DIRECTOR: Sean Hodgkinson
STARRING: Kia Rollock, Gyerlini Clarke, Aaron N. Charles with Brett Bengochea, Abdi Waithe, Brendon O’Brien and Thalia Baptiste
From Garth St. Clair’s cautionary advice to the audience, “this is a lesson in what not to do” to the “Cuatro Man” discreetly sitting in the theatre, casually strumming along to loud shuffling, hustling and fussing, the scene is set for the imminent 71 minutes IMAX screening of “Trafficked“.
It starts and we’re glued like we’ve never seen a movie screen of this magnanimity before when really it’s just the novelty of seeing people that walk, talk and look like us that draws in even a wandering Trinidadian mind. It has happened to me before however, with 1975’s “BIM” and even the recent “God Loves The Fighter” but those two simply represent a bigger industry breaking new ground that perhaps the general public isn’t very aware of. So as new ground is breaking, out comes forth director/writer Sean Hodgkinson of Quirky Films in collaboration with Eye on Dependency and the late Marcia Henville bringing stifled social issues to the forefront in this crime drama/thriller.
I remember seeing the trailer for this film and thinking, “gotta see this” and now that it’s won this year’s award for “Best Local Feature” at the Trinidad and Tobago Film Festival, my curiousity’s peaked even more. From the get-go I can tell that director, Sean Hodgkinson has definitely come a long way from “A Story About Wendy” in 2012. This movie is refreshingly different.
We’re introduced to three friends, Penny (Gyerlini Clarke), Nadia (Kia Rollock) and George (Aaron Charles) in their somewhat shabby hotel/motel room getting ready to tour an unnamed Spanish getaway island with the help of a hired tour guide. Their chemistry is evident. The writing thrives on our charming, quirky Trini wit and sarcasm appreciated by members of the audience who occasionally burst into loud peals of laughter.
Then he comes along…the sexy Spanish stranger, Alejandro (Brett Bengochea) who captures the interest of the clichéd “man-hungry” Penny. After Alejandro saves Penny and Nadia from two admittedly scary goons in an implausible fight, the three friends go back to his place where they’re enticed by his wealth and wile but they’re yet to realize that they’re about to pay a hefty price for the luxury of a few grapes and a pool of chlorinated water.
The “Cuatro Man” gets it right though. The musical theme of the movie centres around the beguile of the guitar composed by Phillip and Daz Cartar of “The Cartars” set to engaging sights and scenes. It’s beautiful and if I could I would buy the score. It highlights the twists and the turns, the strengths and the sweetness. Cinematographer, Anthony Fung gives us varied pictures that arrest our attention and create a lasting impression, all of which compliments Hodgkinson’s script effortlessly. In the execution of the plot however, it would’ve been more riveting to let the audience see and experience the real dangers of being trafficked instead of alluding to it with a “take a peek and close the door” technique. It begins to bore a little, especially with an airport scene that fails to convince due to it’s lack of intensity but eventually picks up in the final moments when transported back to Trinidad.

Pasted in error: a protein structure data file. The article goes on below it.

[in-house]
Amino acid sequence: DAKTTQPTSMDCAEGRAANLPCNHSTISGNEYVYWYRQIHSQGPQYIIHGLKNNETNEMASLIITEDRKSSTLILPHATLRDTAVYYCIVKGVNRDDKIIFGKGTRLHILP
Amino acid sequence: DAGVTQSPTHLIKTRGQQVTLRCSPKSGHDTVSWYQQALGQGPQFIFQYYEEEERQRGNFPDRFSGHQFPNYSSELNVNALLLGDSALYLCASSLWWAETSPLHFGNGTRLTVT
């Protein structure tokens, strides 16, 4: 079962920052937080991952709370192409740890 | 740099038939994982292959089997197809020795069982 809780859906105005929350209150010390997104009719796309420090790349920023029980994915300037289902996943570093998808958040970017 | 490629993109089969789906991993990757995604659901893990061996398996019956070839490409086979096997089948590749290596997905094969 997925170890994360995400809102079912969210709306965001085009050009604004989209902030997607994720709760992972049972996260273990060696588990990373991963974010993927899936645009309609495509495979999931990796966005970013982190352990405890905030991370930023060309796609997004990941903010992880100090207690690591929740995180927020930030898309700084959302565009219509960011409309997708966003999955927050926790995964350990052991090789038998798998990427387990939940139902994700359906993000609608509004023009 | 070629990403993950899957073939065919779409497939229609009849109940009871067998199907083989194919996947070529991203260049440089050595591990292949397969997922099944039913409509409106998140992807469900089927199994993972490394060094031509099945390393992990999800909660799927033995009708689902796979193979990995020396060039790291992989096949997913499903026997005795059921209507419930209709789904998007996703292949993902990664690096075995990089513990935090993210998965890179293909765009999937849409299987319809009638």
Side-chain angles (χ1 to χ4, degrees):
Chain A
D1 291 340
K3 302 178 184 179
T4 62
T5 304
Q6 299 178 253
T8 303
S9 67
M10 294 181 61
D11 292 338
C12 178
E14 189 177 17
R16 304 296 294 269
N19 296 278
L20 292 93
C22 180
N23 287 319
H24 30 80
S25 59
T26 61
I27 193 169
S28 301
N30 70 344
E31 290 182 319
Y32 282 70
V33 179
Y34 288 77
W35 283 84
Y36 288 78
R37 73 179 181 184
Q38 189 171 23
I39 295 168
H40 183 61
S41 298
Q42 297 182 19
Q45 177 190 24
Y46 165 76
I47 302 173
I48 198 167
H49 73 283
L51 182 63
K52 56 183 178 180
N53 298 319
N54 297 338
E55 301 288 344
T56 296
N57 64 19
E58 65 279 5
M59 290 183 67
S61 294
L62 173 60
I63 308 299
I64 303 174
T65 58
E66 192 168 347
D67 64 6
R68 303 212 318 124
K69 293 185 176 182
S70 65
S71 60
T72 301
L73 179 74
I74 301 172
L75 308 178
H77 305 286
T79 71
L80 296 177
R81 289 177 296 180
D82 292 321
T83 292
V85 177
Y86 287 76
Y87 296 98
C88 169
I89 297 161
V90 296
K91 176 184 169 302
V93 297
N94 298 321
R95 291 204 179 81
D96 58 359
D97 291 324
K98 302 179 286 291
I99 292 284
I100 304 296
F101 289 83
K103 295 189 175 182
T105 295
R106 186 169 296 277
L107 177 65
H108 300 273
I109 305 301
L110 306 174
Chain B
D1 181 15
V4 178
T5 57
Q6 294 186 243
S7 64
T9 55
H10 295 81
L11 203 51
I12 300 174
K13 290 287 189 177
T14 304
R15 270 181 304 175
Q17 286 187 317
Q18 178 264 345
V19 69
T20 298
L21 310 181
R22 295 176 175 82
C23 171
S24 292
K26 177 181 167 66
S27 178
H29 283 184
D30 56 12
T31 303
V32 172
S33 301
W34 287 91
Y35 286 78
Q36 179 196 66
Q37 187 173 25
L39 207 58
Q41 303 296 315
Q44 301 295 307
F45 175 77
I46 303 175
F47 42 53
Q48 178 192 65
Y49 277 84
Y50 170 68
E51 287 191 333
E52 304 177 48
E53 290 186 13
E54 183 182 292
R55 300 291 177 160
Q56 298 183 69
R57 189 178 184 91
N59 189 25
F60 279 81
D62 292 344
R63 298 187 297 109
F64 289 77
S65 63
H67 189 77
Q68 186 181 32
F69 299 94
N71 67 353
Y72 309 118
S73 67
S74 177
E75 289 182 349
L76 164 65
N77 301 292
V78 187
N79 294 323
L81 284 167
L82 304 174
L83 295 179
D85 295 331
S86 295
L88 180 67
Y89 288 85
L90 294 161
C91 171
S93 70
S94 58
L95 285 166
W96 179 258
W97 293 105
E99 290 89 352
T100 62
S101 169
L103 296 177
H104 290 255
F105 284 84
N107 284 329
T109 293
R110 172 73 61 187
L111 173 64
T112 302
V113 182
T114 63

For the first half or so the actors move with a fluidity on screen, especially George in a typical “sweet man” complex of hoeing around while waiting for the wrong girl and Nadia, the “odd one out” in the form of the paranoid ‘big’ girl on whom my eyes were transfixed. George gives us a run for our money when he surprisingly castigates Penny for snuggling up to Alejandro who operates with an airy ease characteristic of most secluded schemers.
Then we get to the second half when the film finally reveals the duality of Alejandro’s character who seems to set off a not so gripping chain of events. Alejandro doesn’t tap into our deep-seated fears, crucial to taking us forward moment to moment with the film. So the overall strength in the performance wanes. The three main actors aren’t able to take us through emotionally as they couldn’t seem to take on the gravitas needed to switch from fun in the sun to drugs and guns and in so doing whitewashing it with a bland look of sadness and conjured up fear. The wait for blood and tears is finally paid for in approximately the last 10 to 5 minutes of the movie with the entrance of Leroy (Abdi Waithe), the Trinidadian link in the cocaine trade. Leroy manages to find a sick humour in this, treating it as quite a normal and even professional activity till the most important rule of “doh get a Trini vex” is broken and the true griminess of the situation is unveiled. The camera encapsulates this undisclosed reality with it’s final shot of Penny’s face. Although the ending definitely churned my insides, the climax would’ve been more gratifying if the emotion steadily built to that point and then perhaps I might’ve even froze in my seat.
All in all, “Trafficked” is definitely a must-see movie, especially as it highlights a closeted social issue pertinent to Trinidad and Tobago. Plus it hits you right in the feels at some point which is important to getting across the message with a good blend of witty Trini banter to flavour the pot.